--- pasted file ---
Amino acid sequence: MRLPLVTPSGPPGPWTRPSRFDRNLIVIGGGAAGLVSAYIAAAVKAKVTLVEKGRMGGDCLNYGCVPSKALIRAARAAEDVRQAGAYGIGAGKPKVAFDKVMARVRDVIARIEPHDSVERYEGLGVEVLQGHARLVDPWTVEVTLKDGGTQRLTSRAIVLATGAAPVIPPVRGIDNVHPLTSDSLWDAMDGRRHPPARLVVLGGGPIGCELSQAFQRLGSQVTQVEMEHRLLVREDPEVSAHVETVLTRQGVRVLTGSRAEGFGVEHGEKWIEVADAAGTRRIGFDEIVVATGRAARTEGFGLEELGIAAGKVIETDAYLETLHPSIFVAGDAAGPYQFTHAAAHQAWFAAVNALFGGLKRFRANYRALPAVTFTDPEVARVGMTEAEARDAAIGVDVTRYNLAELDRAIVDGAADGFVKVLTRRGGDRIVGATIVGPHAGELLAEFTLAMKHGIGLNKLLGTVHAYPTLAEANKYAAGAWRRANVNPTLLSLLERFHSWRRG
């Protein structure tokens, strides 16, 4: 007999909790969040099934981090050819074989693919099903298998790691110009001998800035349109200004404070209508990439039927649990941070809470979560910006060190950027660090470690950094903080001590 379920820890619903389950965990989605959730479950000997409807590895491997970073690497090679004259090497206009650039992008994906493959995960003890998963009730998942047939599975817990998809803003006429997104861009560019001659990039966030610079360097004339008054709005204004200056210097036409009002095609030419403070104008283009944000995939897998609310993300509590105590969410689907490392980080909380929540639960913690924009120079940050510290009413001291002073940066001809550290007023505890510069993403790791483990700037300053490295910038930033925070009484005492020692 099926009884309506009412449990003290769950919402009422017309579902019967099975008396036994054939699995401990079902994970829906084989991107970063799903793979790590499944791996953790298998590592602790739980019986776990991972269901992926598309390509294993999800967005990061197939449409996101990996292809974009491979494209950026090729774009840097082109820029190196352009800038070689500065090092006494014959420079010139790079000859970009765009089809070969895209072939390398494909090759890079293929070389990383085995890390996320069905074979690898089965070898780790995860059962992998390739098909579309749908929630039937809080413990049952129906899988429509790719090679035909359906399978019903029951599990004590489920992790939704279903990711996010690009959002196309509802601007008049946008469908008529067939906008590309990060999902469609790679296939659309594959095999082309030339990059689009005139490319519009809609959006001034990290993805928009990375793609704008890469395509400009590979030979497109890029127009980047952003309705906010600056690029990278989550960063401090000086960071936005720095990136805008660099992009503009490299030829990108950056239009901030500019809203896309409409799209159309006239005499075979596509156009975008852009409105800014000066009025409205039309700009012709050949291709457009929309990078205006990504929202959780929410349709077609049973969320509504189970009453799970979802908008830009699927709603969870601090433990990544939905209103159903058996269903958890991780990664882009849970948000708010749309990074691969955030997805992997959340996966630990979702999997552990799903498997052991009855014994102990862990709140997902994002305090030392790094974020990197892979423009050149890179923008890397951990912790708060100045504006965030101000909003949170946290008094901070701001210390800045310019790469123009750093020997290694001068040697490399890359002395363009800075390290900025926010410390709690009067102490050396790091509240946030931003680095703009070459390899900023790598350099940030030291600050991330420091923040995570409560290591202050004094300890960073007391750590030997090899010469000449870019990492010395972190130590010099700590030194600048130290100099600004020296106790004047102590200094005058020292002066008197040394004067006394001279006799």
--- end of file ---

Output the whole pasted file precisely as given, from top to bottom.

Amino acid sequence: MRLPLVTPSGPPGPWTRPSRFDRNLIVIGGGAAGLVSAYIAAAVKAKVTLVEKGRMGGDCLNYGCVPSKALIRAARAAEDVRQAGAYGIGAGKPKVAFDKVMARVRDVIARIEPHDSVERYEGLGVEVLQGHARLVDPWTVEVTLKDGGTQRLTSRAIVLATGAAPVIPPVRGIDNVHPLTSDSLWDAMDGRRHPPARLVVLGGGPIGCELSQAFQRLGSQVTQVEMEHRLLVREDPEVSAHVETVLTRQGVRVLTGSRAEGFGVEHGEKWIEVADAAGTRRIGFDEIVVATGRAARTEGFGLEELGIAAGKVIETDAYLETLHPSIFVAGDAAGPYQFTHAAAHQAWFAAVNALFGGLKRFRANYRALPAVTFTDPEVARVGMTEAEARDAAIGVDVTRYNLAELDRAIVDGAADGFVKVLTRRGGDRIVGATIVGPHAGELLAEFTLAMKHGIGLNKLLGTVHAYPTLAEANKYAAGAWRRANVNPTLLSLLERFHSWRRG
């Protein structure tokens, strides 16, 4: 007999909790969040099934981090050819074989693919099903298998790691110009001998800035349109200004404070209508990439039927649990941070809470979560910006060190950027660090470690950094903080001590 379920820890619903389950965990989605959730479950000997409807590895491997970073690497090679004259090497206009650039992008994906493959995960003890998963009730998942047939599975817990998809803003006429997104861009560019001659990039966030610079360097004339008054709005204004200056210097036409009002095609030419403070104008283009944000995939897998609310993300509590105590969410689907490392980080909380929540639960913690924009120079940050510290009413001291002073940066001809550290007023505890510069993403790791483990700037300053490295910038930033925070009484005492020692 099926009884309506009412449990003290769950919402009422017309579902019967099975008396036994054939699995401990079902994970829906084989991107970063799903793979790590499944791996953790298998590592602790739980019986776990991972269901992926598309390509294993999800967005990061197939449409996101990996292809974009491979494209950026090729774009840097082109820029190196352009800038070689500065090092006494014959420079010139790079000859970009765009089809070969895209072939390398494909090759890079293929070389990383085995890390996320069905074979690898089965070898780790995860059962992998390739098909579309749908929630039937809080413990049952129906899988429509790719090679035909359906399978019903029951599990004590489920992790939704279903990711996010690009959002196309509802601007008049946008469908008529067939906008590309990060999902469609790679296939659309594959095999082309030339990059689009005139490319519009809609959006001034990290993805928009990375793609704008890469395509400009590979030979497109890029127009980047952003309705906010600056690029990278989550960063401090000086960071936005720095990136805008660099992009503009490299030829990108950056239009901030500019809203896309409409799209159309006239005499075979596509156009975008852009409105800014000066009025409205039309700009012709050949291709457009929309990078205006990504929202959780929410349709077609049973969320509504189970009453799970979802908008830009699927709603969870601090433990990544939905209103159903058996269903958890991780990664882009849970948000708010749309990074691969955030997805992997959340996966630990979702999997552990799903498997052991009855014994102990862990709140997902994002305090030392790094974020990197892979423009050149890179923008890397951990912790708060100045504006965030101000909003949170946290008094901070701001210390800045310019790469123009750093020997290694001068040697490399890359002395363009800075390290900025926010410390709690009067102490050396790091509240946030931003680095703009070459390899900023790598350099940030030291600050991330420091923040995570409560290591202050004094300890960073007391750590030997090899010469000449870019990492010395972190130590010099700590030194600048130290100099600004020296106790004047102590200094005058020292002066008197040394004067006394001279006799």